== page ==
for dogs to accurately assess and respond to others’
emotions. For instance, pheromones produced by a
person suffering the pain and the stress of a real emer-
gency may contribute to dogs’ sense of a real
Since no additional studies have been conducted,
one way to further discuss dogs’ empathic potential is
to employ research on mental state attribution (as in
Koski & Sterck ). Studies show that when faced
with a piece of forbidden food, dogs are quicker to
take it if the experimenter cannot see them . Con-
trastingly, dogs preferentially beg from a person that
can see them . While, to some authors, such find-
ings are indicative of a simple foraging strategy based
on the greatest chance of reinforcement (e.g. ),
to others (including ourselves), they suggest that dogs
may have the capacity to infer what humans see,
know and feel (e.g. ). Likewise, there is a see-
mingly intractable debate around studies showing
that dogs can use human pointing gestures to find
hidden food (e.g. ). While some authors stress
that this capacity can be accounted for by means of
straightforward associative learning (e.g. ), others
(including ourselves) defend the idea that dogs may
actually understand that the person knows the location
of food and is trying to convey this information to them
Even though the scarcity of studies prevents us from
drawing any firm conclusions, we consider that one
should argue against those who criticize the attribution
of complex abilities to animals if a major part of their
argument lies on the need for parsimony (as in
Broom ). Given the complex nature of the brain,
this may be misleading, and it could slow down pro-
gress in science, to insist on accepting the simple
4. FUTURE DIRECTIONS
Clearly, there is a need for additional investigations to
analyse the emotional and cognitive components that
may be involved in dogs’ seemingly empathic behav-
iour towards humans. While the former could be
assessed by experimental studies subjecting dogs to
human emotions, while monitoring behavioural and
physiological indicators of their emotional state, the
latter could be tested by measuring dog behaviour
towards a person after an emotional stimulus .
Given that numerous niches already exist for domestic
dogs, as do genetically distinct lines, comparative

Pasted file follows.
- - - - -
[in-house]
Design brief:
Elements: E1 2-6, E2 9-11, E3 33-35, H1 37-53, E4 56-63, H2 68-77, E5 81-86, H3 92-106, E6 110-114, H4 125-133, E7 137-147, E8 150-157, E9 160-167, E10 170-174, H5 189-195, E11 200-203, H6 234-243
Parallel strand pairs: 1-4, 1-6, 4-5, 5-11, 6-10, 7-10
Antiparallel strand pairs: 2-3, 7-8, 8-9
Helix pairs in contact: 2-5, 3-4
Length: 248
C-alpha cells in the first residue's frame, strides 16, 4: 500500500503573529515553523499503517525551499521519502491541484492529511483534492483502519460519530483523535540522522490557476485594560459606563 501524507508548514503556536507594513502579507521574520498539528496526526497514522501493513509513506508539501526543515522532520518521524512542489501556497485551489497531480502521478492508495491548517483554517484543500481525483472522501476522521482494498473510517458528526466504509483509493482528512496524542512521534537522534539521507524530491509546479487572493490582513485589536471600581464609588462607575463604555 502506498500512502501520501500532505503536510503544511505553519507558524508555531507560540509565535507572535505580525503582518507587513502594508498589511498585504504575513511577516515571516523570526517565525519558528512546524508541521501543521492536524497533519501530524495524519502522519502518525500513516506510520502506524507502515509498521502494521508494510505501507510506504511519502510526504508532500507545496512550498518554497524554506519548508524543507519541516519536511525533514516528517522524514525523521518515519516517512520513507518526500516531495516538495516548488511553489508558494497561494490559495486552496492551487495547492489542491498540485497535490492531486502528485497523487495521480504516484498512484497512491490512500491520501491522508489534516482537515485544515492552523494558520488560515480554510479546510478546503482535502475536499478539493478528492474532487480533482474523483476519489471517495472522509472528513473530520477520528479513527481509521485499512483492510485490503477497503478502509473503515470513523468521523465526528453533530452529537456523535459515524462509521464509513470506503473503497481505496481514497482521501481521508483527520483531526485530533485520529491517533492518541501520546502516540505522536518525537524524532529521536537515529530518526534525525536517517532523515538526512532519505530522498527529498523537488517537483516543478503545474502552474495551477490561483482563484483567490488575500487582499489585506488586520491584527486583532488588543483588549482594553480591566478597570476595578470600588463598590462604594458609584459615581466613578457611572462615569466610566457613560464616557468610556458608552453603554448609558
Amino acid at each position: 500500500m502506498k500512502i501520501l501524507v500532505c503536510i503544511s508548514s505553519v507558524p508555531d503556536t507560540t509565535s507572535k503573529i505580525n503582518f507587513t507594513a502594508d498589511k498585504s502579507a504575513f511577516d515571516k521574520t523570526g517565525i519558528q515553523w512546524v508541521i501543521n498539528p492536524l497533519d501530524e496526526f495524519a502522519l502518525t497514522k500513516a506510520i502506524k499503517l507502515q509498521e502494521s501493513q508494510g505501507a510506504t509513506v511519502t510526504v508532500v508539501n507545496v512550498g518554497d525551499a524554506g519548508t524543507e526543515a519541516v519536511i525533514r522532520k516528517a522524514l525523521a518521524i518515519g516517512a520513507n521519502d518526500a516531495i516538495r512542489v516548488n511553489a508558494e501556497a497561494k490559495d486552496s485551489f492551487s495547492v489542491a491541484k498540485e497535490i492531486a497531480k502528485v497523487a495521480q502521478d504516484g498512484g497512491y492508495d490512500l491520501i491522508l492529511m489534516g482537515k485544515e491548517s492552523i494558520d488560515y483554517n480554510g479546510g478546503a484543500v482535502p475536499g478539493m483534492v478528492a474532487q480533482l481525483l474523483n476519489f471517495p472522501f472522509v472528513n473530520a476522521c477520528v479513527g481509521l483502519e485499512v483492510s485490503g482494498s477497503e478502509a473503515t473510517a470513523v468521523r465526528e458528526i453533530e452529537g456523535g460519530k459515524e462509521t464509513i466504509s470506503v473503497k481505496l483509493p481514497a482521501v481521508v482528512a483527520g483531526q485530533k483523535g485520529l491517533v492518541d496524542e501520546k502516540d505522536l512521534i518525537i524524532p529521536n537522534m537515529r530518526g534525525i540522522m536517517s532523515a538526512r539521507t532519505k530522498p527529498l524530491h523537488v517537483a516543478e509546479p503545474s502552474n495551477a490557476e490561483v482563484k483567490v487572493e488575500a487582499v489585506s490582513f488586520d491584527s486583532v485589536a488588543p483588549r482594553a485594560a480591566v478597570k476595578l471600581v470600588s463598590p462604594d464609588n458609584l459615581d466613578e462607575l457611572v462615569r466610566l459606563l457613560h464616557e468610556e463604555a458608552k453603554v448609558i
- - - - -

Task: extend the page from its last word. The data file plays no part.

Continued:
studies could shed light on the factors that lead to, or
hinder, the development of empathic skills, and pro-
vide information about factors that affect our own
emotional/cognitive development. In addition, and
given that dogs are argued to show a personality struc-
ture similar to humans’ , it could be interesting
to test the effects of individual differences in personal-
ity traits on the level of empathy. Studies have shown
that some people have greater empathic ability than
others , but it is yet unknown how differences in
attachment style or extraversion/introversion affect
490K. Silva & L. de Sousa
Opinion piece. May dogs empathize with humans?
Biol. Lett. (2011)
empathy and pro-social behaviour. Also, little is known
about the malleability of the mechanisms underlying
empathy and it has been questioned whether it could
be possible to train people (or dogs?) to become
more empathic, and which processing level (emotional
or cognitive) should be targeted in order for such a
training to be most effective and persistent—all issues
education and society as a whole.
Finally, we argue that research on the empathic abil-
ities of dogs is of special importance for decisions
about our obligations to them. Dogs have been
increasingly involved with human activities and further
studies are crucial if specific needs are to be met. For
instance, it would be important to conduct rigorous
tests on therapeutic dogs that seem to ‘take on’ the
emotions of patients, needing massages and calming
measures after the sessions (e.g. ).
The authors are grateful to Frans de Waal and Katie Hall, as
well as to Claudio Tennie, Amrisha Vaish and Atsushi Senju
for their valuable suggestions. Also the authors are grateful
to three anonymous referees whose comments considerably
improved an earlier version of this article.
Karine Silva1,2,*and Liliana de Sousa1,2
1Departamento de Cie ˆncias do Comportamento, Instituto
de Cie ˆncias Biome ´dicas Abel Salazar, Largo Professor Abel
Salazar, 2, 4099-003 Porto, Portugal
2Aˆnimas, Avenida Sido ´nio Pais, 392, r/c Dto., 4100-466